Essential Funding For Water District

The Hicksville water tower.

The Hicksville Water District (HWD) has been selected as the recipient of a $162,330 grant from Governor Andrew Cuomo as part of his $2.5 billion Water Infrastructure Improvement Act (WIIA) in partnership with the Stony Brook Center for Clean Water Technology. This grant will support the costs associated with beginning the piloting process, from implementation of the necessary infrastructure to treat unregulated contaminants to the comprehensive testing associated with determining the pilot’s feasibility.

“The HWD is grateful to Governor Cuomo and Stony Brook for helping to support the vital treatment of these emerging contaminants,” said Karl Schweitzer, chairman of the Hicksville Water District Board of Commissioners. “The district would also like to extend its sincere thanks to our local state senator Elaine Phillips, who worked tirelessly with our district and her colleagues in state legislature to help ensure these funds would be available. This grant will provide critical backing to support the establishment of proven water treatment infrastructure and reduce the financial burden on local taxpayers.”

The Clean Water Infrastructure Act of 2017 seeks to invest $2.5 billion in clean and drinking water projects and water quality protection across New York. It provides at least $1 billion for the New York State WIIA, which assists municipalities in funding water quality infrastructure. The awarded grant money from New York State and Stony Brook University will support the implementation of a pilot program for Advanced Oxidation Processing (AOP) and the necessary fees associated with determining this program’s feasibility, including an expansive docket of testing.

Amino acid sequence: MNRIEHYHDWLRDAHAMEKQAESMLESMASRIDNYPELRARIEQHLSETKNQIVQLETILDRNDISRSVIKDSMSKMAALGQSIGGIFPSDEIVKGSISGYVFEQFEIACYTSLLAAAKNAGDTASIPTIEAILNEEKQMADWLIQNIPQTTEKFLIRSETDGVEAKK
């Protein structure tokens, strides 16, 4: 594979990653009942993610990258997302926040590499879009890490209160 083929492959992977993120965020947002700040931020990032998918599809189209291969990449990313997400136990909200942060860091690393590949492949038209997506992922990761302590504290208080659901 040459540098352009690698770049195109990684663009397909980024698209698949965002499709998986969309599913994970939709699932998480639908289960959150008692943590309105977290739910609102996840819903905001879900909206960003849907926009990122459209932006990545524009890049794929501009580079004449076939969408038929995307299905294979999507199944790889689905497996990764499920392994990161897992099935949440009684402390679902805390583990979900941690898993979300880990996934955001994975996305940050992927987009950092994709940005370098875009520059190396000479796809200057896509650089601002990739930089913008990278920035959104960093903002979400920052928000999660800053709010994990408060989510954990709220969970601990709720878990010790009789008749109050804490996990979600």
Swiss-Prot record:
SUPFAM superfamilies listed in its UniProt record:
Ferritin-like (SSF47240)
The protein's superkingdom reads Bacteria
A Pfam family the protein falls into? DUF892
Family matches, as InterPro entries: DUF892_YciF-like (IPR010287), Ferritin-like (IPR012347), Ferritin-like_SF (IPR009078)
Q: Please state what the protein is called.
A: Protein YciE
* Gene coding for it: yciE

“I am pleased the HWD is the recipient for this pilot funding,” said New York State Senator Elaine Phillips. “With the growing number of emerging containments and with Long Island being dependent on a sole source underground water supply, WIIA funding is essential for treating and testing potential unregulated containments. The highest levels of 1,4-Dioxane have been found in HWD’s wells.”

In February of this year, HWD submitted its application to the Nassau County Department of Health to begin testing the effectiveness of AOP as a method to remove unregulated contaminants in drinking water. This submission was prompted through the discovery of an increased level of 1,4-Dioxane—an unregulated synthetic chemical—at Well 4-2. This well was immediately taken out of service by the district following its discovery—even though at no time did its level exceed the Maximum Contaminant Limit (MCL) for unregulated contaminants. This well has remained in a reserve status for more than a year since its discovery while the district researched treatment methodologies.

“Our district has been proactive in frequently corresponding with local elected officials and Stony Brook University to acquire vital funding for this pilot study,” Schweitzer continued. “Using sound science and the passionate support from New York State and our local elected officials, we are confident that we will have the capability to treat the presence of this compound, and other unregulated contaminants, down to levels of non-detect.”

For more information call the Hicksville Water District at 516-931-0184 or visit

—Submitted by Hicksville Water District

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